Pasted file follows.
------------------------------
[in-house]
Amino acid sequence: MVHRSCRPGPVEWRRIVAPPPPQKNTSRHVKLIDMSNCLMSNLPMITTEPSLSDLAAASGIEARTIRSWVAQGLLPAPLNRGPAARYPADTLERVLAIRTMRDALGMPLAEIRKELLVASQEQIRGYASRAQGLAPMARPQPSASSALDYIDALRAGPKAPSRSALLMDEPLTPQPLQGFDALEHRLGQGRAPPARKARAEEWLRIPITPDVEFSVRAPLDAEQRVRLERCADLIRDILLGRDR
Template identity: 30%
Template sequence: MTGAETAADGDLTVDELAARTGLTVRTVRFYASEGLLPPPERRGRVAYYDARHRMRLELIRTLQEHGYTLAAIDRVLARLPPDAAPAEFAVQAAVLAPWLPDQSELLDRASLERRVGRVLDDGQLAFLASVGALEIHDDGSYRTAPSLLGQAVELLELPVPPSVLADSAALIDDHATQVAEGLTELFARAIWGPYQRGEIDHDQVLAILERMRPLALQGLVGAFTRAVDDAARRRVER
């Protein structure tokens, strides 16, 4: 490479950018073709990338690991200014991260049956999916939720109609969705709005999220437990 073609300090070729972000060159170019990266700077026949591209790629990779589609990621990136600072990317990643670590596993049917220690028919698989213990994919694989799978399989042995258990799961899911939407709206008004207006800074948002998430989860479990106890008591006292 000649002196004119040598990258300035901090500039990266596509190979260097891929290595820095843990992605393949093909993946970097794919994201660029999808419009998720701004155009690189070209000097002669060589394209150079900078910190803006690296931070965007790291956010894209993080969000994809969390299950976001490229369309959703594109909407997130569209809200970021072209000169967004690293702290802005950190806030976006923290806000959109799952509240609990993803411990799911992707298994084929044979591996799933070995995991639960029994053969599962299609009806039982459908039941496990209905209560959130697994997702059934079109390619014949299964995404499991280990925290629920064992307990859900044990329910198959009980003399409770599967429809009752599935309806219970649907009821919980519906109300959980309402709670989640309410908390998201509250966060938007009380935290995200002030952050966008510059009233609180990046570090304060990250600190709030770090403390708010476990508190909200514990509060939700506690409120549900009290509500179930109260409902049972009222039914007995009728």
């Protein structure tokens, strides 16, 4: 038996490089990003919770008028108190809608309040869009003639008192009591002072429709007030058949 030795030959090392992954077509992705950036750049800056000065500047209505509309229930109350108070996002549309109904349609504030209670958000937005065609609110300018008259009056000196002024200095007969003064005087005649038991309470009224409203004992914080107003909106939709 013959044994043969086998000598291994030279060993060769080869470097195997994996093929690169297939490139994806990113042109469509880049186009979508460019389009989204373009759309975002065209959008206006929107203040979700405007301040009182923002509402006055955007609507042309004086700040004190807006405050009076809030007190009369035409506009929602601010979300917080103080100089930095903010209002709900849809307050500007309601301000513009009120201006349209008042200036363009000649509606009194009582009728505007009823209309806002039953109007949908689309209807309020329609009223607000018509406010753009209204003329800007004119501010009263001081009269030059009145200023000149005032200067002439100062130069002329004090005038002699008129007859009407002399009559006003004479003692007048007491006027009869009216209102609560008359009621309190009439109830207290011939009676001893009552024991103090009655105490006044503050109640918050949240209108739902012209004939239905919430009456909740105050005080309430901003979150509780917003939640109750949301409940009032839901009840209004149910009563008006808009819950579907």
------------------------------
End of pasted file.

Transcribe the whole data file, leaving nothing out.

[in-house]
Amino acid sequence: MVHRSCRPGPVEWRRIVAPPPPQKNTSRHVKLIDMSNCLMSNLPMITTEPSLSDLAAASGIEARTIRSWVAQGLLPAPLNRGPAARYPADTLERVLAIRTMRDALGMPLAEIRKELLVASQEQIRGYASRAQGLAPMARPQPSASSALDYIDALRAGPKAPSRSALLMDEPLTPQPLQGFDALEHRLGQGRAPPARKARAEEWLRIPITPDVEFSVRAPLDAEQRVRLERCADLIRDILLGRDR
Template identity: 30%
Template sequence: MTGAETAADGDLTVDELAARTGLTVRTVRFYASEGLLPPPERRGRVAYYDARHRMRLELIRTLQEHGYTLAAIDRVLARLPPDAAPAEFAVQAAVLAPWLPDQSELLDRASLERRVGRVLDDGQLAFLASVGALEIHDDGSYRTAPSLLGQAVELLELPVPPSVLADSAALIDDHATQVAEGLTELFARAIWGPYQRGEIDHDQVLAILERMRPLALQGLVGAFTRAVDDAARRRVER
């Protein structure tokens, strides 16, 4: 490479950018073709990338690991200014991260049956999916939720109609969705709005999220437990 073609300090070729972000060159170019990266700077026949591209790629990779589609990621990136600072990317990643670590596993049917220690028919698989213990994919694989799978399989042995258990799961899911939407709206008004207006800074948002998430989860479990106890008591006292 000649002196004119040598990258300035901090500039990266596509190979260097891929290595820095843990992605393949093909993946970097794919994201660029999808419009998720701004155009690189070209000097002669060589394209150079900078910190803006690296931070965007790291956010894209993080969000994809969390299950976001490229369309959703594109909407997130569209809200970021072209000169967004690293702290802005950190806030976006923290806000959109799952509240609990993803411990799911992707298994084929044979591996799933070995995991639960029994053969599962299609009806039982459908039941496990209905209560959130697994997702059934079109390619014949299964995404499991280990925290629920064992307990859900044990329910198959009980003399409770599967429809009752599935309806219970649907009821919980519906109300959980309402709670989640309410908390998201509250966060938007009380935290995200002030952050966008510059009233609180990046570090304060990250600190709030770090403390708010476990508190909200514990509060939700506690409120549900009290509500179930109260409902049972009222039914007995009728």
């Protein structure tokens, strides 16, 4: 038996490089990003919770008028108190809608309040869009003639008192009591002072429709007030058949 030795030959090392992954077509992705950036750049800056000065500047209505509309229930109350108070996002549309109904349609504030209670958000937005065609609110300018008259009056000196002024200095007969003064005087005649038991309470009224409203004992914080107003909106939709 013959044994043969086998000598291994030279060993060769080869470097195997994996093929690169297939490139994806990113042109469509880049186009979508460019389009989204373009759309975002065209959008206006929107203040979700405007301040009182923002509402006055955007609507042309004086700040004190807006405050009076809030007190009369035409506009929602601010979300917080103080100089930095903010209002709900849809307050500007309601301000513009009120201006349209008042200036363009000649509606009194009582009728505007009823209309806002039953109007949908689309209807309020329609009223607000018509406010753009209204003329800007004119501010009263001081009269030059009145200023000149005032200067002439100062130069002329004090005038002699008129007859009407002399009559006003004479003692007048007491006027009869009216209102609560008359009621309190009439109830207290011939009676001893009552024991103090009655105490006044503050109640918050949240209108739902012209004939239905919430009456909740105050005080309430901003979150509780917003939640109750949301409940009032839901009840209004149910009563008006808009819950579907």